Cherry trees are used in landscapes as ornamental trees for their spring blossoms and their fruit. The trees grow well in areas of full sun and prefer an alkaline soil. Cherry leaves often start to wilt due to a bacterial infection.
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Cherry trees are susceptible to the bacterial leaf scorch disease, also known as oleander leaf scorch, caused by Xylella fastidiosa. The disease is commonly transmitted by insects such as sharpshooters. The insect transmits the disease while feeding on plant tissue.
Bacterial leaf scorch is more prevalent during spring and summer and is characterised by yellowing and wilting tree foliage. Leaf margins turn brown or yellow before dying. The disease starts with a few branches and then spreads throughout the tree. Severely infected trees gradually die.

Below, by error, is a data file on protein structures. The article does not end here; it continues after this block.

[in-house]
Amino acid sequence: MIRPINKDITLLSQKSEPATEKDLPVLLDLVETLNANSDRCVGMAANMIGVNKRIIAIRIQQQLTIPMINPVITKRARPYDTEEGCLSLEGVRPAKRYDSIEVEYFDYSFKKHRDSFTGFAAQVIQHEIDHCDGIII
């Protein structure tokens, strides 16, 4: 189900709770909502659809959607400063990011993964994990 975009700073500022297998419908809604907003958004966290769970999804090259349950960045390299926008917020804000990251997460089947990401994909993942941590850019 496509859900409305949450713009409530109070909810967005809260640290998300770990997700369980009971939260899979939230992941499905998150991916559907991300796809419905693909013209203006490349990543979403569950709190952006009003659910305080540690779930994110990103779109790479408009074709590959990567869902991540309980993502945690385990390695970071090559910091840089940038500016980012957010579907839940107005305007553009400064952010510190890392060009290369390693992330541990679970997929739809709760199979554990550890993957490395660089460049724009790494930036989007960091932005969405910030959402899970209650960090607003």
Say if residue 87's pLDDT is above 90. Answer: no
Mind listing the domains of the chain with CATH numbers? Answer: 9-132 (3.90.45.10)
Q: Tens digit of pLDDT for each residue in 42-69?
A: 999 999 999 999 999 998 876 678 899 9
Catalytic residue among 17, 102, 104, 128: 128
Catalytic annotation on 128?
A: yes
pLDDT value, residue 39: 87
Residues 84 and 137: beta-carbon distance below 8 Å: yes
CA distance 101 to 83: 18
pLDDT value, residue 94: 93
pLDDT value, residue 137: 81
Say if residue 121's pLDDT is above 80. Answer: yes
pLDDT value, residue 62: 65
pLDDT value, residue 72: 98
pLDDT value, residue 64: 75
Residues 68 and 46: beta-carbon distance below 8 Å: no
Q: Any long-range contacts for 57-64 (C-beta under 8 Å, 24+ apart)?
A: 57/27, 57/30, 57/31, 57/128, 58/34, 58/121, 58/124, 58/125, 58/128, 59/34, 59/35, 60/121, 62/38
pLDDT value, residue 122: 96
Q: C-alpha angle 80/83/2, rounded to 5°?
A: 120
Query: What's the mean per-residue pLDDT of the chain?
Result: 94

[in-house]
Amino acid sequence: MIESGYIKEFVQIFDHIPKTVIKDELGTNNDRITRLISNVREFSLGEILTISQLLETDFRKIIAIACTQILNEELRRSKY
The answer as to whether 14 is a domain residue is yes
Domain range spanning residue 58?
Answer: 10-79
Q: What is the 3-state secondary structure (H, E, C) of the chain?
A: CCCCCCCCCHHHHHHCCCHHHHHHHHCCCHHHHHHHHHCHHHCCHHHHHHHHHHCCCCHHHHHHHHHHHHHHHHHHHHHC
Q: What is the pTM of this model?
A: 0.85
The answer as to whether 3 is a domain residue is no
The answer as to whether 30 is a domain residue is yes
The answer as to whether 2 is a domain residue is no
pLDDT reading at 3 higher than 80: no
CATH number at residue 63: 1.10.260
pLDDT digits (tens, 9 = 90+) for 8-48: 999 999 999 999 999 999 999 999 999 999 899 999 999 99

There is no known cure for bacterial leaf scorch. Prune and remove all infected plant areas. The use of insecticides to control bacterial transmitting pests is rarely effective. Remove moderately infected trees early to minimise transmission of disease to other landscape plants.
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